Jesus offers freedom and victory over sin and death
Jesus came to rescue us from sin and its destructive forces and to restore us to fullness of life with our heavenly Father. Sin not only separates us from God – it leads us down the path to corruption and unending death. Slavery to sin is to want the wrong things and to be in bondage to hurtful desires and addictions. The ransom Jesus paid sets us free from the worst tyranny possible – the tyranny of sin, Satan, and death. Jesus’ victory did not end with his sacrificial death on the cross – he triumphed over the grave when he rose again on the third day. Jesus defeated the powers of death and Satan through his cross and resurrection. The Lord Jesus offers us true freedom and peace which no one can take from us. Do you want the greatest freedom possible, the freedom to live as God truly meant us to live as his sons and daughters?

“Lord Jesus, your death brought true life and freedom. May I always walk in the freedom and power of your love and truth and reject whatever is contrary to your will for my life.”

Psalm 148:1-2,11-12,14

1 Praise the LORD! Praise the LORD from the heavens, praise him in the heights!
2 Praise him, all his angels, praise him, all his host!
11 Kings of the earth and all peoples, princes and all rulers of the earth!
12 Young men and maidens together, old men and children!
14 He has raised up a horn for his people, praise for all his saints, for the people of Israel who are near to him.  Praise the LORD!

Daily Quote from the early church fathersJesus speaks of his death and resurrection, by Origen of Alexandria (185-254 AD)

“I think we have an obligation to examine this, too: that Jesus was delivered into the hands of men, not by men into the hands of men but by powers to whom the Father delivered his Son on behalf of us all. In the very act of being delivered and coming under the power of those to whom he was delivered, he “destroyed him who had the power of death.” For “through death he destroyed him who has the power of death, that is, the devil, and delivered all those who through fear of death were subject to lifelong bondage.” (excerpt from COMMENTARY ON MATTHEW 13.8)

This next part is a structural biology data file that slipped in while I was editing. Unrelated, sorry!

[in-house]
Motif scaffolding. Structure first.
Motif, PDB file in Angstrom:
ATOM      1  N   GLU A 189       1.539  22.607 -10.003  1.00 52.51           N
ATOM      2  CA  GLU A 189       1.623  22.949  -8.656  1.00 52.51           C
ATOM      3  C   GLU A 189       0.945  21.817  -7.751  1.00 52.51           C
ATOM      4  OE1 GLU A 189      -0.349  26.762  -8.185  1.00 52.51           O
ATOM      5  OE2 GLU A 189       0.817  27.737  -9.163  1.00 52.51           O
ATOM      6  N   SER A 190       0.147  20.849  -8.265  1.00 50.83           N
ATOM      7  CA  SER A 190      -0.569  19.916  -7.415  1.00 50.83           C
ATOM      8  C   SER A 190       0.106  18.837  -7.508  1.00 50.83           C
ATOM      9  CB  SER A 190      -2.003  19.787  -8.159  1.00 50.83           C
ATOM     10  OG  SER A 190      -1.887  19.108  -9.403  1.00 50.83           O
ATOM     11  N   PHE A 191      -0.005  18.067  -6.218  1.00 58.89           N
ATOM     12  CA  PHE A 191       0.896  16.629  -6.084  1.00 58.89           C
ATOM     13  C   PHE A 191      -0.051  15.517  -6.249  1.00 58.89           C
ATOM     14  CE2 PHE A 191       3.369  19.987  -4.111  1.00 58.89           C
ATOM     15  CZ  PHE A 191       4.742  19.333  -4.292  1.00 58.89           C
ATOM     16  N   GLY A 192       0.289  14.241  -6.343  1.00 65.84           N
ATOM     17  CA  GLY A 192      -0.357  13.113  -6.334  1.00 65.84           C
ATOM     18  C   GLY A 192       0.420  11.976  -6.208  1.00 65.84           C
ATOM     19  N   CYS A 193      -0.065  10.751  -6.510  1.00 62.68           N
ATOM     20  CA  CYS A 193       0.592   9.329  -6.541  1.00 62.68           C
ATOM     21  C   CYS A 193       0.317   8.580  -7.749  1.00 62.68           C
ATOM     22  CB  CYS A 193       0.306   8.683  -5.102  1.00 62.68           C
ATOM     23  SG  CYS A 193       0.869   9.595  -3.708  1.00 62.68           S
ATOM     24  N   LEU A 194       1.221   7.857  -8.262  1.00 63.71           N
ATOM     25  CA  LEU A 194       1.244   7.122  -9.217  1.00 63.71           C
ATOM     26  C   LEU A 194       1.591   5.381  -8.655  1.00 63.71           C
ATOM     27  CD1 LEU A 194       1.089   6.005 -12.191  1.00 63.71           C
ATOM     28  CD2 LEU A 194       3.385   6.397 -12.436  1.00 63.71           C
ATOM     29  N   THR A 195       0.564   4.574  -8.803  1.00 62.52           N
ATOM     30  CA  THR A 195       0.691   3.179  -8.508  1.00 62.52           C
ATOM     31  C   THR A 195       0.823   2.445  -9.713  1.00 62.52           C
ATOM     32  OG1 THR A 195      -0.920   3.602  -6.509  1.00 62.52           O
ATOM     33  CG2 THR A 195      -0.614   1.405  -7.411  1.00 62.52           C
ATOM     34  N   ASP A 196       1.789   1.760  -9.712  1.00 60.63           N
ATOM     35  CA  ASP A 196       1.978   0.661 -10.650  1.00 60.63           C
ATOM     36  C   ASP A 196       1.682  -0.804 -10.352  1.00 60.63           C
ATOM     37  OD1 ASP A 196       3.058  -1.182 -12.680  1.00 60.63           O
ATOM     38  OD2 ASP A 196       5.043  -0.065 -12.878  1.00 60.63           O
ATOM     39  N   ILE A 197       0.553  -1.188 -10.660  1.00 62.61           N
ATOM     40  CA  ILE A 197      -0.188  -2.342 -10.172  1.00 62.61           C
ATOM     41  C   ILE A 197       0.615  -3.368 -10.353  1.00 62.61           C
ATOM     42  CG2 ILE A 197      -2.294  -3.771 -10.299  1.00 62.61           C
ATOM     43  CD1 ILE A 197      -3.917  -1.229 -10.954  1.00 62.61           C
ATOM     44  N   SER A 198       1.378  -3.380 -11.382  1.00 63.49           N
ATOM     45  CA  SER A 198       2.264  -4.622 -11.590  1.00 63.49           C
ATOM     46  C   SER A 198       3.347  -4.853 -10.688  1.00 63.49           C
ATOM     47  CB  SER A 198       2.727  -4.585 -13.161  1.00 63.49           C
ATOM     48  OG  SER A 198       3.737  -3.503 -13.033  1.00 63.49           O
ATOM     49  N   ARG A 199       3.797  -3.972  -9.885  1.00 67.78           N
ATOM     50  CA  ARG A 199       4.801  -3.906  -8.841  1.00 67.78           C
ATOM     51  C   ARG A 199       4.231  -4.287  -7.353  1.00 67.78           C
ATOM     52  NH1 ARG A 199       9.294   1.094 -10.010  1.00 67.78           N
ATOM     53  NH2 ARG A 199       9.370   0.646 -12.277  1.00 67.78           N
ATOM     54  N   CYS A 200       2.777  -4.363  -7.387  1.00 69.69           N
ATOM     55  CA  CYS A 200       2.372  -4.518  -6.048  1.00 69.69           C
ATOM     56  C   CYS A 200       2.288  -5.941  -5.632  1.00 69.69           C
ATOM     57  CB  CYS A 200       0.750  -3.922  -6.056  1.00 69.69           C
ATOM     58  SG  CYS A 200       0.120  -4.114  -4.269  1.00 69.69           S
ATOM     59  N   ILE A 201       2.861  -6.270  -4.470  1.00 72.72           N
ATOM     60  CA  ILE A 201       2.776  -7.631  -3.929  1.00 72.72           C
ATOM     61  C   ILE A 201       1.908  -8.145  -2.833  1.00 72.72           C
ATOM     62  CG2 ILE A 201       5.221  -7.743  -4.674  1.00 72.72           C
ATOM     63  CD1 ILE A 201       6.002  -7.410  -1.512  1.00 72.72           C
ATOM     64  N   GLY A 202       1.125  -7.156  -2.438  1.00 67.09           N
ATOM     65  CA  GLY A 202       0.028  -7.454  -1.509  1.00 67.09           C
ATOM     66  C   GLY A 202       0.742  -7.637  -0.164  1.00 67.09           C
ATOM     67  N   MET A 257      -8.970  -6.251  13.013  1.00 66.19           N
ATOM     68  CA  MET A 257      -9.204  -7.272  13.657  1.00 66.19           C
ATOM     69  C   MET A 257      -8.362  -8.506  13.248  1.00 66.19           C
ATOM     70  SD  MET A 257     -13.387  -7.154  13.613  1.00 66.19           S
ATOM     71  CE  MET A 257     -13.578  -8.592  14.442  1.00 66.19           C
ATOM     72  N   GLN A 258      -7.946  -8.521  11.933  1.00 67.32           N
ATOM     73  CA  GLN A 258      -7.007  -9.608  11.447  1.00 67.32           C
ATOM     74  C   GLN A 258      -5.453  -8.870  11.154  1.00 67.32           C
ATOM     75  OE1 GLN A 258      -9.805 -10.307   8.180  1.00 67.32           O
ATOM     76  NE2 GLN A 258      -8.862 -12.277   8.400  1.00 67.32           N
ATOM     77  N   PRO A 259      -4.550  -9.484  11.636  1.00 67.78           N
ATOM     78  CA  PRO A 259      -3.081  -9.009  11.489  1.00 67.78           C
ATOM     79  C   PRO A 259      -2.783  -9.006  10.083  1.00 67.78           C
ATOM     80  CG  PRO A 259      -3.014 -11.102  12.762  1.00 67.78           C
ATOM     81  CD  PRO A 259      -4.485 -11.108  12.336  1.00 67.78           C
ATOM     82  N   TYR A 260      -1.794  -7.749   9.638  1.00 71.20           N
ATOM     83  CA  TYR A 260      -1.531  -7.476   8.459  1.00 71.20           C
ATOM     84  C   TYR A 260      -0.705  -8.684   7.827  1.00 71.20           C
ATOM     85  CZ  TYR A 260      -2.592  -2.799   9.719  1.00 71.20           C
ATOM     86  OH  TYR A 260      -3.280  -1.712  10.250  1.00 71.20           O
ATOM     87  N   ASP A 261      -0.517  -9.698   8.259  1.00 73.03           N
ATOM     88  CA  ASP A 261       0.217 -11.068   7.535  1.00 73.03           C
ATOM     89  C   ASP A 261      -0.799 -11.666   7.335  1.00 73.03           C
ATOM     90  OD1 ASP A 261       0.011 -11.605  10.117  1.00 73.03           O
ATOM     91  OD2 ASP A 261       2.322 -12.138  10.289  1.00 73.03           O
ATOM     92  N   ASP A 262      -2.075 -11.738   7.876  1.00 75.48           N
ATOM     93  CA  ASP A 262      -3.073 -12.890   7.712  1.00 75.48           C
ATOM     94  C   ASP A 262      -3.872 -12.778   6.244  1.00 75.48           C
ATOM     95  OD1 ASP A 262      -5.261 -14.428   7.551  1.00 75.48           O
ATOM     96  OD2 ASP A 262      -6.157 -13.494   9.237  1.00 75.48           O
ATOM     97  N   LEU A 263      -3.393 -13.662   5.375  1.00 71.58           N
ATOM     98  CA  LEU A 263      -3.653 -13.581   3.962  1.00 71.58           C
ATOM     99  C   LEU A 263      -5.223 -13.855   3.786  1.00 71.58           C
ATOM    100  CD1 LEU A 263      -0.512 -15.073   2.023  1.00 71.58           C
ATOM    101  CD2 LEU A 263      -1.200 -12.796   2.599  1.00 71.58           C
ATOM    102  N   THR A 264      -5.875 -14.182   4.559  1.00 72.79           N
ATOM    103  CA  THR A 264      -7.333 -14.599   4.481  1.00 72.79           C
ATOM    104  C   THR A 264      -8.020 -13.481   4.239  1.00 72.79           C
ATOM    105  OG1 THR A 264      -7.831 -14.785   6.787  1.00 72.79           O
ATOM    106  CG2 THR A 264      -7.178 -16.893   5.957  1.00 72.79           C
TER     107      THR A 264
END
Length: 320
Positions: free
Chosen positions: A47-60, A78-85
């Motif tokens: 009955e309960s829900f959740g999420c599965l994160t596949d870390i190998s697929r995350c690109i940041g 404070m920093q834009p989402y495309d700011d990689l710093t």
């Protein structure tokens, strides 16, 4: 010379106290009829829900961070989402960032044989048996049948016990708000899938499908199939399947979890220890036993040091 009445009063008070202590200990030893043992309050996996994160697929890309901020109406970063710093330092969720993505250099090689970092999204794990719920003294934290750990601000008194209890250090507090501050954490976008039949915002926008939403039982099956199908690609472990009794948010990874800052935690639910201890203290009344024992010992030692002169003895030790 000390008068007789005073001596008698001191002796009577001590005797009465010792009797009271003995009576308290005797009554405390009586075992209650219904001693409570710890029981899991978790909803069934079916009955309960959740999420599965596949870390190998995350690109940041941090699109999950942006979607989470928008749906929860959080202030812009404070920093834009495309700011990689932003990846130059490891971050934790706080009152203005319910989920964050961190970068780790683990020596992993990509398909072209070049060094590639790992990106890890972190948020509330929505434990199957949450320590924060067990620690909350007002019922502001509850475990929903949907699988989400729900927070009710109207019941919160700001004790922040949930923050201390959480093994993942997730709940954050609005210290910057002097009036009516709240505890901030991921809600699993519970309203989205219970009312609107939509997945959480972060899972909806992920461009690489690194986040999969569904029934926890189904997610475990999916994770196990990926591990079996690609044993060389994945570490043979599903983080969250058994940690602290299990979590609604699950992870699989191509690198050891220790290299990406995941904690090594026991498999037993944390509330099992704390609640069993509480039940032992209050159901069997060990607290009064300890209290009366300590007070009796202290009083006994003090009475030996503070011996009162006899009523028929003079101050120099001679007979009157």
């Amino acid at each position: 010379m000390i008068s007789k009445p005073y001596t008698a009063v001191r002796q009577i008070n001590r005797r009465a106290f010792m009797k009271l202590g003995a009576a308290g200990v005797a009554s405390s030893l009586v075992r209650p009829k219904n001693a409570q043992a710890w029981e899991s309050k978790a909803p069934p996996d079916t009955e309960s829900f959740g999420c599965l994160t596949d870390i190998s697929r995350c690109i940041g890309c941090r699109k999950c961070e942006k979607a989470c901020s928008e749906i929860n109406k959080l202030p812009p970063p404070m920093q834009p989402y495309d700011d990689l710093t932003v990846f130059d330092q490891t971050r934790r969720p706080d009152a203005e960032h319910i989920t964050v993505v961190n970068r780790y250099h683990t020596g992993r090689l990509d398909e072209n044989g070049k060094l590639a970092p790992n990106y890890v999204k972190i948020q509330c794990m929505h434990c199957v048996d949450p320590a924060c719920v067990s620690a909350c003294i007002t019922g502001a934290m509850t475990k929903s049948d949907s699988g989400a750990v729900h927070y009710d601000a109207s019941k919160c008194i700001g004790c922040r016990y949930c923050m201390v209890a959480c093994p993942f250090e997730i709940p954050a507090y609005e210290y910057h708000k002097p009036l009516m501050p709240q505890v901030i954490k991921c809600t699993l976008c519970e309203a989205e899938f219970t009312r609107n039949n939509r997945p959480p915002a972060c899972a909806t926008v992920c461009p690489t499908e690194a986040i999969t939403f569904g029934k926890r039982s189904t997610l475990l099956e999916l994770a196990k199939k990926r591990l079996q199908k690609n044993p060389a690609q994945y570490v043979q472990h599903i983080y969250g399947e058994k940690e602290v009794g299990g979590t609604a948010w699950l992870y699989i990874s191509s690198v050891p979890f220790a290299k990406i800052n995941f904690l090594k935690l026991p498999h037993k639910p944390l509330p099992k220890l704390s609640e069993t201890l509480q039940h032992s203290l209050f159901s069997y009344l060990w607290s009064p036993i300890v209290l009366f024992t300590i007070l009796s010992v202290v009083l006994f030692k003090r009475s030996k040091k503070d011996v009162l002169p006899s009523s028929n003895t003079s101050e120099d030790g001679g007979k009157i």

Meditations may be freely reprinted for non-commercial use – please cite credits: copyright (c) 2019 Servants of the Word, source:  www.dailyscripture.net, author Don Schwager

“Enter by the narrow gate”

The Gospel of Matthew: a commentary & meditation 

“Enter by the narrow gate”

Scripture:  Matthew 7:6-14

6 “Do not give dogs what is holy; and do not throw your pearls before swine, lest they trample them under foot and turn to attack you.7 “Ask, and it will be given you; seek, and you will find; knock, and it will be opened to you. 8 For every one who asks receives, and he who seeks finds, and to him who knocks it will be opened. 9 Or what man of you, if his son asks him for bread, will give him a stone? 10 Or if he asks for a fish, will give him a serpent? 11 If you then, who are evil, know how to give good gifts to your children, how much more will your Father who is in heaven give good  things to those who ask him!

12 So whatever you wish that men would do to you, do so to them; for this is the law and the prophets.

13 “Enter by the narrow gate; for the gate is wide and the way is easy, that leads to destruction, and those who enter by it are many.  14 For the gate is narrow and the way is hard, that leads to life, and those who find it are few.

Meditation: What can pearls teach us about God’s truth and holiness? In the ancient world pearls were of very great value and were even considered priceless. They were worn as prized jewels to make a person appear more beautiful and magnificent to behold. Holiness, likewise, is a very precious jewel that radiates the beauty of God’s truth, goodness, and glory. God offers us the precious gift of his holiness so that we may radiate the splendor of his truth and goodness in the way we think, speak, act, and treat others. We can reject or ignore this great gift, or worse yet, we can drag it through the mud of sinful behavior or throw it away completely.

Pearls before dogs and swine (Matthew 7:6)
Why does Jesus contrast holiness and pearls with dogs and swine (Matthew 7:6)? Some things don’t seem to mix or go together, like fire and water, heat and ice, sweat and perfume, pure air and poisonous vapors, freshly cleaned clothes and filthy waste. The Talmud, a rabbinic commentary on the Jewish Scriptures, uses a proverbial saying for something which appears inconguous or out of place: an ear-ring in a swine’s snout. Jesus’ expression about “pearls before swine” and “not giving dogs what is holy” is very similar in thought (Matthew 7:6). Jewish law regarded swine as unclean. Wild dogs were also treated as unfit for close human contact, very likely because they were dirty, unkept, lice-infested, and prone to attack or cause trouble.